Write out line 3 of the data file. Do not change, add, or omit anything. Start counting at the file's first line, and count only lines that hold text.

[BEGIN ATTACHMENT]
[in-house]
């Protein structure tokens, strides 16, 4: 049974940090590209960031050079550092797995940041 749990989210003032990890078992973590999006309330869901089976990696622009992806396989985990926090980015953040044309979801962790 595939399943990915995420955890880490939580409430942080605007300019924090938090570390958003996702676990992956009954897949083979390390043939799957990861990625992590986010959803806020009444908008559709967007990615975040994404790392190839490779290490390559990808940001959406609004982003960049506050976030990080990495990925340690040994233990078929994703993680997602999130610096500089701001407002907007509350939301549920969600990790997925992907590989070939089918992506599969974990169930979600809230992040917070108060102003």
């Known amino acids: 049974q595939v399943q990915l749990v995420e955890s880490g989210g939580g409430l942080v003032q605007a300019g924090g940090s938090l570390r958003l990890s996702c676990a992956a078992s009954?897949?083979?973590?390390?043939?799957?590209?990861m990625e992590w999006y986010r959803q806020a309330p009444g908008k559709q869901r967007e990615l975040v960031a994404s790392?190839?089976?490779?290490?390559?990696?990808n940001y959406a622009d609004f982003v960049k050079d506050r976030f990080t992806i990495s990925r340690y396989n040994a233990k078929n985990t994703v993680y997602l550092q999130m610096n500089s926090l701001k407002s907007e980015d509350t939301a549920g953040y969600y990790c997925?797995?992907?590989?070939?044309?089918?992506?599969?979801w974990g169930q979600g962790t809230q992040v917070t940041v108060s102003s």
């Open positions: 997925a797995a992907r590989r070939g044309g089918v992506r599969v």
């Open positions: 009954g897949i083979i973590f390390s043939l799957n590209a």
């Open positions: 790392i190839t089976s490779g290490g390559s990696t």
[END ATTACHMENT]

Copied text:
């Known amino acids: 049974q595939v399943q990915l749990v995420e955890s880490g989210g939580g409430l942080v003032q605007a300019g924090g940090s938090l570390r958003l990890s996702c676990a992956a078992s009954?897949?083979?973590?390390?043939?799957?590209?990861m990625e992590w999006y986010r959803q806020a309330p009444g908008k559709q869901r967007e990615l975040v960031a994404s790392?190839?089976?490779?290490?390559?990696?990808n940001y959406a622009d609004f982003v960049k050079d506050r976030f990080t992806i990495s990925r340690y396989n040994a233990k078929n985990t994703v993680y997602l550092q999130m610096n500089s926090l701001k407002s907007e980015d509350t939301a549920g953040y969600y990790c997925?797995?992907?590989?070939?044309?089918?992506?599969?979801w974990g169930q979600g962790t809230q992040v917070t940041v108060s102003s």